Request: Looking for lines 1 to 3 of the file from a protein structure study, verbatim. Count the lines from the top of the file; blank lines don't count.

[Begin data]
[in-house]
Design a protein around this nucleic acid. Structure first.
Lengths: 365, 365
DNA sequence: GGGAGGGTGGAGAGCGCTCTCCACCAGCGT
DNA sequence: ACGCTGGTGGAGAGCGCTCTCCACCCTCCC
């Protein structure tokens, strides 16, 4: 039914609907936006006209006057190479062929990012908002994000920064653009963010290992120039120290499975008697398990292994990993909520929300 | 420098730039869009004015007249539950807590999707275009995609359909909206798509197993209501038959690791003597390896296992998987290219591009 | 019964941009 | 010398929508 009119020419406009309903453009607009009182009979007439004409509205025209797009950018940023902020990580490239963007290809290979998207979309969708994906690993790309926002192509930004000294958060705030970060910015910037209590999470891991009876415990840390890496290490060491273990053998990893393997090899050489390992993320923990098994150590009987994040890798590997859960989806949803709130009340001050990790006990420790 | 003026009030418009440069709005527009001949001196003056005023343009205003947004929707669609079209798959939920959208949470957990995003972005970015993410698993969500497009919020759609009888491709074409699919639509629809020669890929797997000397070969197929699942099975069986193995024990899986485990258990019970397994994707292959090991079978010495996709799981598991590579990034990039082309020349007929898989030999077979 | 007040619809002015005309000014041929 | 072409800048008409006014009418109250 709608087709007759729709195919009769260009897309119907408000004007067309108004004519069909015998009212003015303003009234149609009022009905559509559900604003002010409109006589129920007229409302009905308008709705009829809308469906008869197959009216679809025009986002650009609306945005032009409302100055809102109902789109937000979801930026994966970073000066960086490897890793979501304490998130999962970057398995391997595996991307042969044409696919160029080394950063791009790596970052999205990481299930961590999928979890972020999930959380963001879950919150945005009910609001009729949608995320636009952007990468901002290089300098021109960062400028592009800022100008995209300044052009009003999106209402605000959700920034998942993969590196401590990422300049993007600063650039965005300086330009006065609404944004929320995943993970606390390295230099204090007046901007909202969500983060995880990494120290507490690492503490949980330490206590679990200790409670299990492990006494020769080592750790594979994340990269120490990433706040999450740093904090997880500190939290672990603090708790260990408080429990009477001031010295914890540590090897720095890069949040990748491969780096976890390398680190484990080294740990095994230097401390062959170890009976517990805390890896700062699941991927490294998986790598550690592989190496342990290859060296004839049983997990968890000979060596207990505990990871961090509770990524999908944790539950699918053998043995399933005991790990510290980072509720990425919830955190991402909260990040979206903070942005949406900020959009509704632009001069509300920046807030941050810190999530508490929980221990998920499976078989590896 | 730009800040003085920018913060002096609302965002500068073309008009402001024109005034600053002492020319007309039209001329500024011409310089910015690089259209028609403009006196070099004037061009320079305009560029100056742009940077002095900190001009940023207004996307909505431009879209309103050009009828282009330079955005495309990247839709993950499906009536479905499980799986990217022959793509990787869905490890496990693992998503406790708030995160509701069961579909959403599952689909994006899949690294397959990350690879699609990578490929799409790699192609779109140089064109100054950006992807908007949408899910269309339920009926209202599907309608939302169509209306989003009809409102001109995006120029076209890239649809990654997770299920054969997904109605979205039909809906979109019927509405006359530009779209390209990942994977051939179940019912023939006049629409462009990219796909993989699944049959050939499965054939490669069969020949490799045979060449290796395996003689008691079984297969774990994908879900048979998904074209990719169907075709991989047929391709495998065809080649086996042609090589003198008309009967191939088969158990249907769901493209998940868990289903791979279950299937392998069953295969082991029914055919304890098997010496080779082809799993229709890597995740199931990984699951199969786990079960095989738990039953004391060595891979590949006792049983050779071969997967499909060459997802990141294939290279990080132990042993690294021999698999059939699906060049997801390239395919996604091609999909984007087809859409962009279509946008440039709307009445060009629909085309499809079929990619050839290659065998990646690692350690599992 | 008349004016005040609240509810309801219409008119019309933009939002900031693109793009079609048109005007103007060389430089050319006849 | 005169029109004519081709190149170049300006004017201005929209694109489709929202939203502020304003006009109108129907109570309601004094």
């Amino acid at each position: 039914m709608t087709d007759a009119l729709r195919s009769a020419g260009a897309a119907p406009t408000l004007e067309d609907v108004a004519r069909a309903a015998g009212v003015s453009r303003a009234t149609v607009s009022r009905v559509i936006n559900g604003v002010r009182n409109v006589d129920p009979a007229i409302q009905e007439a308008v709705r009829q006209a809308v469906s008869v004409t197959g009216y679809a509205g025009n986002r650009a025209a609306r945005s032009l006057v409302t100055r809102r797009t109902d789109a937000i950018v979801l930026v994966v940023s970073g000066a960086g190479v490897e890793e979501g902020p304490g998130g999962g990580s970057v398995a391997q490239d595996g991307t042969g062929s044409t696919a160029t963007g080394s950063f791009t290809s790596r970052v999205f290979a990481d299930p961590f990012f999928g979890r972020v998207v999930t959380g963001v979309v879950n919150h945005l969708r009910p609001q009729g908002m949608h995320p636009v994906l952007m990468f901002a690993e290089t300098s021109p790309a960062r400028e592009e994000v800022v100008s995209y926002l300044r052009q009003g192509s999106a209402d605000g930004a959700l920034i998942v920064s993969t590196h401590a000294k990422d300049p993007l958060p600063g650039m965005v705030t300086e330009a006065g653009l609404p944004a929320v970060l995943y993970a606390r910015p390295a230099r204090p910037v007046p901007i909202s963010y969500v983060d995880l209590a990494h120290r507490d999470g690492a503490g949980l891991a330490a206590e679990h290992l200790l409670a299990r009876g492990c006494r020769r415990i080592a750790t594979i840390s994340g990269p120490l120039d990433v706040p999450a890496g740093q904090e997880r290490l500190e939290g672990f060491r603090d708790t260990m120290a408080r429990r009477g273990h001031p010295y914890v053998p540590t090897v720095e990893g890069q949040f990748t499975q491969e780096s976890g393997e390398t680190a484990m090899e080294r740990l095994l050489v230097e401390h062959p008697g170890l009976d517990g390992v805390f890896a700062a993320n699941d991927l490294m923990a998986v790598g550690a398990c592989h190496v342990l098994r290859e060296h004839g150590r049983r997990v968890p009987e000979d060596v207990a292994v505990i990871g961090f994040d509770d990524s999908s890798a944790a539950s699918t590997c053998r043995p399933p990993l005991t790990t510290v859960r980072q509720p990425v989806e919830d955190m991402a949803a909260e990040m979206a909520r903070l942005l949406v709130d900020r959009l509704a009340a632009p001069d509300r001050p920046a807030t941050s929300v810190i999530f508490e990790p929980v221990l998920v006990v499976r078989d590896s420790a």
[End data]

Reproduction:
[in-house]
Design a protein around this nucleic acid. Structure first.
Lengths: 365, 365